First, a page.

Wednesday, 23 February 2011

Other skills

I realise we've been focusing an awful lot on Emily's speech development, but there are other areas that we are going to need to work on soon so she doesn't languish behind.

Potty training is at the top of our agenda. It's one of those things that just sounds like a pain, you don't want to do and you hope will just mysteriously sort itself out. We know it won't, we know it will be painful and probably messy but Emily will thank us for it in the long run.

This morning I was watching Emily eating breakfast and ... well, eating is ANOTHER area of concern. Anyway, Em had her elbows on the table as she was eating and it just made me realise that manners like this will be another area we need to get her to do.

We're trying with please and thank you, but no elbows, eating with cutlery (and not hands).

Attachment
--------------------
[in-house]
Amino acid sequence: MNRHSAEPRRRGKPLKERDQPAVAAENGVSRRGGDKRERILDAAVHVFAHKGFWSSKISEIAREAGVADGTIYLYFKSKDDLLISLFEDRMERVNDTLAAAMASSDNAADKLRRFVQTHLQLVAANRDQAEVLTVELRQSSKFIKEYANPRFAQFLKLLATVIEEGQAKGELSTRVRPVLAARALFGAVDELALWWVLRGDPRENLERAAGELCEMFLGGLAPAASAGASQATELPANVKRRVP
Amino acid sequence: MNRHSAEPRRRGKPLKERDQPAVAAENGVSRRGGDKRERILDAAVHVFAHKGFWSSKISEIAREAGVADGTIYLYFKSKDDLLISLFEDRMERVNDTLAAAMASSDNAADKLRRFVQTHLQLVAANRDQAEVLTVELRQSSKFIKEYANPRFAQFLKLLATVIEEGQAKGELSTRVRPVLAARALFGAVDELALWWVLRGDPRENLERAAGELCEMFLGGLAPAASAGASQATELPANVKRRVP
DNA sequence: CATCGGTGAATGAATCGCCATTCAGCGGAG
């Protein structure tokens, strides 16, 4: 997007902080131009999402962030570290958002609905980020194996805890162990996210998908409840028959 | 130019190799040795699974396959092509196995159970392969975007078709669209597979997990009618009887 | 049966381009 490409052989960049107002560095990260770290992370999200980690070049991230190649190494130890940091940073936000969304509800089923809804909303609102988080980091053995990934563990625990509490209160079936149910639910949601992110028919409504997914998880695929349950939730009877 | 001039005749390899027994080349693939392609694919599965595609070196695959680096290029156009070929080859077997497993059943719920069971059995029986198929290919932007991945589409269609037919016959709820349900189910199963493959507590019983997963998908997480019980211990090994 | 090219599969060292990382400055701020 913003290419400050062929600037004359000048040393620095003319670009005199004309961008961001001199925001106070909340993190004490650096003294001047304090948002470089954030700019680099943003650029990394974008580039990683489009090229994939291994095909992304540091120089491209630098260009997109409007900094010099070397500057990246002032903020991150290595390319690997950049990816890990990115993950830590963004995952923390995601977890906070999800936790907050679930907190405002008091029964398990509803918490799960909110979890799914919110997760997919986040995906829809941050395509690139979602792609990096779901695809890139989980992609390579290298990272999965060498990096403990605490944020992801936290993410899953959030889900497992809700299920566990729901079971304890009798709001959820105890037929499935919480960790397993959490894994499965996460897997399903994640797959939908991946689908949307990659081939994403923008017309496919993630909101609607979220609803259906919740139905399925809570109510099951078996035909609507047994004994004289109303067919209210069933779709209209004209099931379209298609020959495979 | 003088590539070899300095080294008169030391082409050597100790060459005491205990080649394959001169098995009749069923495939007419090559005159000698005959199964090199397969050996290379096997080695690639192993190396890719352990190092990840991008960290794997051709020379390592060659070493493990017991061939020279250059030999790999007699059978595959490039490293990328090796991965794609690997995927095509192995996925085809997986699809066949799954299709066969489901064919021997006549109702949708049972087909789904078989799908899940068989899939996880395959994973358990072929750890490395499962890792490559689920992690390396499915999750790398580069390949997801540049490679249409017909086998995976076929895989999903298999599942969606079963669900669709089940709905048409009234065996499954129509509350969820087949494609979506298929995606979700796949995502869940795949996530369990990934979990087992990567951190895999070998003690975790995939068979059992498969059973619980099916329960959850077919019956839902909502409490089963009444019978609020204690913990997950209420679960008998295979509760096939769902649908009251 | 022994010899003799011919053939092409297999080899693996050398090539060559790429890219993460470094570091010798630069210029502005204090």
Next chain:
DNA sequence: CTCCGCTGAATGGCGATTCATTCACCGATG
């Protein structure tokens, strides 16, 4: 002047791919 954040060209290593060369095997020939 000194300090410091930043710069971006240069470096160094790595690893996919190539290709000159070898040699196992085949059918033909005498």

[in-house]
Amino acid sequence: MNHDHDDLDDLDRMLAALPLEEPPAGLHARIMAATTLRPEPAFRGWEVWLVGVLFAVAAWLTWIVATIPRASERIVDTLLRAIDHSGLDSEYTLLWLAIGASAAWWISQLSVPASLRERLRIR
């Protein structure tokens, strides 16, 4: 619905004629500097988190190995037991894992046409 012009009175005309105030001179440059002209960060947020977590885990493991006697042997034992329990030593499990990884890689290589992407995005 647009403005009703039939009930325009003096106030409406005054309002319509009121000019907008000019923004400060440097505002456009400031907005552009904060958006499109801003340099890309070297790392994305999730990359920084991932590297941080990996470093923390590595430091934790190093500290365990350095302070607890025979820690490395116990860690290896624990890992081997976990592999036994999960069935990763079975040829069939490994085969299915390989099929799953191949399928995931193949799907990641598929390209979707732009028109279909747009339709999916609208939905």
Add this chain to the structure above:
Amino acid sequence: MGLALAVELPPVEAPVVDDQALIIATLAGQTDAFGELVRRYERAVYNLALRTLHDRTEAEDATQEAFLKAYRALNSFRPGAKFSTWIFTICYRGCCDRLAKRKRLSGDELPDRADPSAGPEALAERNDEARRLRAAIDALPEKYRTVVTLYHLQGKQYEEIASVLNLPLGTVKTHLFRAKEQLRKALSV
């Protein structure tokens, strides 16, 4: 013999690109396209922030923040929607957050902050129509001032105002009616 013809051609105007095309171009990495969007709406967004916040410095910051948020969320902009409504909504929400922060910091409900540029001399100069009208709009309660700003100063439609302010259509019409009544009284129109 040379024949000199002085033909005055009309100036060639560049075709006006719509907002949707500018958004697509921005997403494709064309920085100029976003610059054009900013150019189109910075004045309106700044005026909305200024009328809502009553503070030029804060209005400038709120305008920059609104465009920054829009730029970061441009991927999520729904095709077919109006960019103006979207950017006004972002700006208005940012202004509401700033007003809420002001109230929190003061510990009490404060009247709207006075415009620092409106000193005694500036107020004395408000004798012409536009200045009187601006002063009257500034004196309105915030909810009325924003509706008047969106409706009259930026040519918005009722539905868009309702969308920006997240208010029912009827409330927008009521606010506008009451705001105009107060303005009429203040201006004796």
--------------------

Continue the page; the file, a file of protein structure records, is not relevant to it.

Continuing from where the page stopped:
The list grows.

Em also tried to dress herself today. She took the wrong end of her pyjama trousers and tried to pull them onto her leg. A for effort, F for result. I tried to get her to do the same thing, the right way round, with her actual trousers but she was having none of it.

Teaching and training your child is a full time job. I realise that once over the hurdle of language delay we're not on easy street, but just the last day or so I've been realising how much there is to do, just in this phase of her life that's above and beyond her difficulties.

Being a parent's hard.

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Thursday, 10 February 2011

Double appointment day!

We're finally in full swing with appointments for Emily.

This morning we had our NHS appointment with the speech therapist and this afternoon was Portage. I wasn't able to attend both, so made it to the speech therapist, as we hadn't seen her since October.

It was more of a recap meeting that anything else. She was quite impressed with the progress Emily has made and felt that the various strategies put into place from the various other organisations was paying dividends.